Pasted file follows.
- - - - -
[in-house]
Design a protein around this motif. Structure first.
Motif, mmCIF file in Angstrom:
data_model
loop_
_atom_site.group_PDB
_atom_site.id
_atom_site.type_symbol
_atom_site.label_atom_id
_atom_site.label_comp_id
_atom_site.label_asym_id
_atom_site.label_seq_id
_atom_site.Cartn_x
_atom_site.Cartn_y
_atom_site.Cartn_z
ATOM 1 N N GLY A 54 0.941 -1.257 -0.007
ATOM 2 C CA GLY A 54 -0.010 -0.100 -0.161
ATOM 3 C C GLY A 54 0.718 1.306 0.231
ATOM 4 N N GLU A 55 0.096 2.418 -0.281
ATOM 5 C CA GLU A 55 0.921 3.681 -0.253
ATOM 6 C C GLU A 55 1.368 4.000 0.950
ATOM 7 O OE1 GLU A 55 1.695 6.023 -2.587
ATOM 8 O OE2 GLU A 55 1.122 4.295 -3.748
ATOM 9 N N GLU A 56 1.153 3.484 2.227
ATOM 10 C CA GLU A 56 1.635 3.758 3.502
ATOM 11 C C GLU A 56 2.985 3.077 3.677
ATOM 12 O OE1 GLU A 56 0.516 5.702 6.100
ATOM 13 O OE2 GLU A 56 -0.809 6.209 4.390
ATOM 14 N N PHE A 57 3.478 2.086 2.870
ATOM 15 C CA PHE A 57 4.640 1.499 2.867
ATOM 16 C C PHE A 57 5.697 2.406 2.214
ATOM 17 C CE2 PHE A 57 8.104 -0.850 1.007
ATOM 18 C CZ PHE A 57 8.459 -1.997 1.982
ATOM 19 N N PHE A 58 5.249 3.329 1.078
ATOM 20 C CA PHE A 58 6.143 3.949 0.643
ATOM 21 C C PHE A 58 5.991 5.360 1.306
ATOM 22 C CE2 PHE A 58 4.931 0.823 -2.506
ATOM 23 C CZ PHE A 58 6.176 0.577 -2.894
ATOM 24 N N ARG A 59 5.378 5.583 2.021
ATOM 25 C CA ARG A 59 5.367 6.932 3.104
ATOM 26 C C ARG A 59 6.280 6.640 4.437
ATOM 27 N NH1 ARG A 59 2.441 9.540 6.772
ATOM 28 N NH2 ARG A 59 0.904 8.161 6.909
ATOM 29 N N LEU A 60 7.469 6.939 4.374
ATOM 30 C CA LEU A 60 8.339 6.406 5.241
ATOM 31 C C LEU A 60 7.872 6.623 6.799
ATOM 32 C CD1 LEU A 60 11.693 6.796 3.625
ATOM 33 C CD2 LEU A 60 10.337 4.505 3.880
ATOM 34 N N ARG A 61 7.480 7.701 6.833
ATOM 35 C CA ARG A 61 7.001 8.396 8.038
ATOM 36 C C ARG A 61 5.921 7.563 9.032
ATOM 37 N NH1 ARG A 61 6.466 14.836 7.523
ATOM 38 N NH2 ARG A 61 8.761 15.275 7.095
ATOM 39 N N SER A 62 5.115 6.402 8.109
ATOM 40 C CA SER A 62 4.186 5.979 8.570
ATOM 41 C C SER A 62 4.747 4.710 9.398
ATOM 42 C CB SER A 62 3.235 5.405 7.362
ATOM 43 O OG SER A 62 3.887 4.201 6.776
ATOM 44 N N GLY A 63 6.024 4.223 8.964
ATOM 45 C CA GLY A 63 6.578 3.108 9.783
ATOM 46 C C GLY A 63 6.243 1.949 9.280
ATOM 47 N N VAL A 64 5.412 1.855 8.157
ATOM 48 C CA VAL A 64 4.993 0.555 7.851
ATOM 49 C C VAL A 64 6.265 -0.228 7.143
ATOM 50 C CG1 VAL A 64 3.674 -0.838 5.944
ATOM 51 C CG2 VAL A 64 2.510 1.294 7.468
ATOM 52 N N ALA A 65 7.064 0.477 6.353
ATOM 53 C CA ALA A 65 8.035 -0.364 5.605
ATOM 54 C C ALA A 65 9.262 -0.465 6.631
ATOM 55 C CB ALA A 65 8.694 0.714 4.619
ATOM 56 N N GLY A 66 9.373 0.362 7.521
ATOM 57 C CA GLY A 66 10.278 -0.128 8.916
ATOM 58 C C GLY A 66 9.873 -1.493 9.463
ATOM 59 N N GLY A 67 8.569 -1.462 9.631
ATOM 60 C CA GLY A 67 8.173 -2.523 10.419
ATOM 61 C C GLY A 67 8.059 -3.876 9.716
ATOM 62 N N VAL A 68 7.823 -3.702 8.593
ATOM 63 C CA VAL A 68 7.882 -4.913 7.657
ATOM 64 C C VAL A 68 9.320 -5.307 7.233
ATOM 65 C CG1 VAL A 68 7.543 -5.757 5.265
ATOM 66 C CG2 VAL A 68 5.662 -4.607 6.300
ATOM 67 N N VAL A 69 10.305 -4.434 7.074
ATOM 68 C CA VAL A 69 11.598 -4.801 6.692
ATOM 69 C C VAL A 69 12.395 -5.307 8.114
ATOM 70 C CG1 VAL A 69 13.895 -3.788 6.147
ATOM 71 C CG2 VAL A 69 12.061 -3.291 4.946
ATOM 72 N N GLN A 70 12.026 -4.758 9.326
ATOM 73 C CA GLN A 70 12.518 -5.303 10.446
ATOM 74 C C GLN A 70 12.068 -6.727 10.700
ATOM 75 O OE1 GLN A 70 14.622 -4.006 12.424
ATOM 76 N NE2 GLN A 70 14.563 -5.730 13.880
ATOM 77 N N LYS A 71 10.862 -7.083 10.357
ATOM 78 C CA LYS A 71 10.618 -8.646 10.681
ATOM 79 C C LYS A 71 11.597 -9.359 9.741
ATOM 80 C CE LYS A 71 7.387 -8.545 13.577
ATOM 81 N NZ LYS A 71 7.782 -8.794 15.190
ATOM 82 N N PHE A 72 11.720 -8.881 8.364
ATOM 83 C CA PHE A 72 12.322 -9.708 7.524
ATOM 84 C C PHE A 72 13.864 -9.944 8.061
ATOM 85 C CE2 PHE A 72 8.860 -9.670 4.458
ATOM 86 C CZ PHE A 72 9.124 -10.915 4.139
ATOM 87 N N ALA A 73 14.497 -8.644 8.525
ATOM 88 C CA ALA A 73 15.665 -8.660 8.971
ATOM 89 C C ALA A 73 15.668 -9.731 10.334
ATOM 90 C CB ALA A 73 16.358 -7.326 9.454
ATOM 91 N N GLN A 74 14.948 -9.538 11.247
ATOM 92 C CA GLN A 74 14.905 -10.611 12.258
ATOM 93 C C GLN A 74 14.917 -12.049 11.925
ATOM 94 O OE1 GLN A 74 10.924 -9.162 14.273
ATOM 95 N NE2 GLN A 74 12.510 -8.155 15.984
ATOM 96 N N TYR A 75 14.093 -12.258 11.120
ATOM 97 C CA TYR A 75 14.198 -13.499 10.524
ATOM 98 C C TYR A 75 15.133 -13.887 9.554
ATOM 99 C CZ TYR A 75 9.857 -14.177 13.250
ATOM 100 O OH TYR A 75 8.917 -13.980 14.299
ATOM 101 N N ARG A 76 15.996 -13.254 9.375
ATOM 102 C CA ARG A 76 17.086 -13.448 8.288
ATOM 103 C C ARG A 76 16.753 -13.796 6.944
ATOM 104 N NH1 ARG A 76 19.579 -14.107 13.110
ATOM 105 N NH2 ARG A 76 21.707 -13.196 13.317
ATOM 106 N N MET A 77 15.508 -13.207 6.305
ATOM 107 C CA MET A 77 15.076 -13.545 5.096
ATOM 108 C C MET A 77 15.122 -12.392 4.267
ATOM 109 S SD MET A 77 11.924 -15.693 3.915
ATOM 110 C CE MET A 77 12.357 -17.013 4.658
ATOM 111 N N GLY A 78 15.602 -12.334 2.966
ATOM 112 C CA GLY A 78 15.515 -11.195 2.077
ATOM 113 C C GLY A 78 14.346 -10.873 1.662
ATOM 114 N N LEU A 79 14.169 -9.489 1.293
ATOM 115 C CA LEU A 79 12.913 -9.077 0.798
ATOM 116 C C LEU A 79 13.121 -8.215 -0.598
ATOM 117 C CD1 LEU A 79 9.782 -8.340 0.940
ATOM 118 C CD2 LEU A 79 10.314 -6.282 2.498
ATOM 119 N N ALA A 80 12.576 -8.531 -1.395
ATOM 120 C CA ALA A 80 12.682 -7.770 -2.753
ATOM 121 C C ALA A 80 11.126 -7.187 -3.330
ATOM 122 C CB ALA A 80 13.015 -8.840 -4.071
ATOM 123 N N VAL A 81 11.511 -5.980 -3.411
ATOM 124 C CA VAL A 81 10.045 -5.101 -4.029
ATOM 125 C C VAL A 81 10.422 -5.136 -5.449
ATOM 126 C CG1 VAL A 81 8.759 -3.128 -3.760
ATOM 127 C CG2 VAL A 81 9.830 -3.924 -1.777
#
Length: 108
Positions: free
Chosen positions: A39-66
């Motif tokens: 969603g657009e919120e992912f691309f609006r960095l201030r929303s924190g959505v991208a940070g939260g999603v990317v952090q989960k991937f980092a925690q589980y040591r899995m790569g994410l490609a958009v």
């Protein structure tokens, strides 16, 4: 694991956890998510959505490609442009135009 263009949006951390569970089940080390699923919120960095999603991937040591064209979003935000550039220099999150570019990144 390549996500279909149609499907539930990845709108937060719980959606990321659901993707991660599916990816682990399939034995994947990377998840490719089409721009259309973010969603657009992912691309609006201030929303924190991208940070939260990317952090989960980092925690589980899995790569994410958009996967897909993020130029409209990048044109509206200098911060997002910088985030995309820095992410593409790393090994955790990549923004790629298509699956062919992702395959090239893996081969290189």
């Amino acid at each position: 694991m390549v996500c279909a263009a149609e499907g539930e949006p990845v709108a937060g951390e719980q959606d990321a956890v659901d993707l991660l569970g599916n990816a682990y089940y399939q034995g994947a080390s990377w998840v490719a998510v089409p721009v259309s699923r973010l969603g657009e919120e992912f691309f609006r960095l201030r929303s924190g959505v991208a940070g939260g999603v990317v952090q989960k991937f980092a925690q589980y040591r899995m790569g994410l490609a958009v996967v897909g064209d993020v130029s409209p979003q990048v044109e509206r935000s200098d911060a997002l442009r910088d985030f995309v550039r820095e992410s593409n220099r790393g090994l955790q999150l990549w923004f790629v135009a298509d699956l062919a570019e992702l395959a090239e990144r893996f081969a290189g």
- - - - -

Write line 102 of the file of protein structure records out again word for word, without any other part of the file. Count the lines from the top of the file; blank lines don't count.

ATOM 87 N N ALA A 73 14.497 -8.644 8.525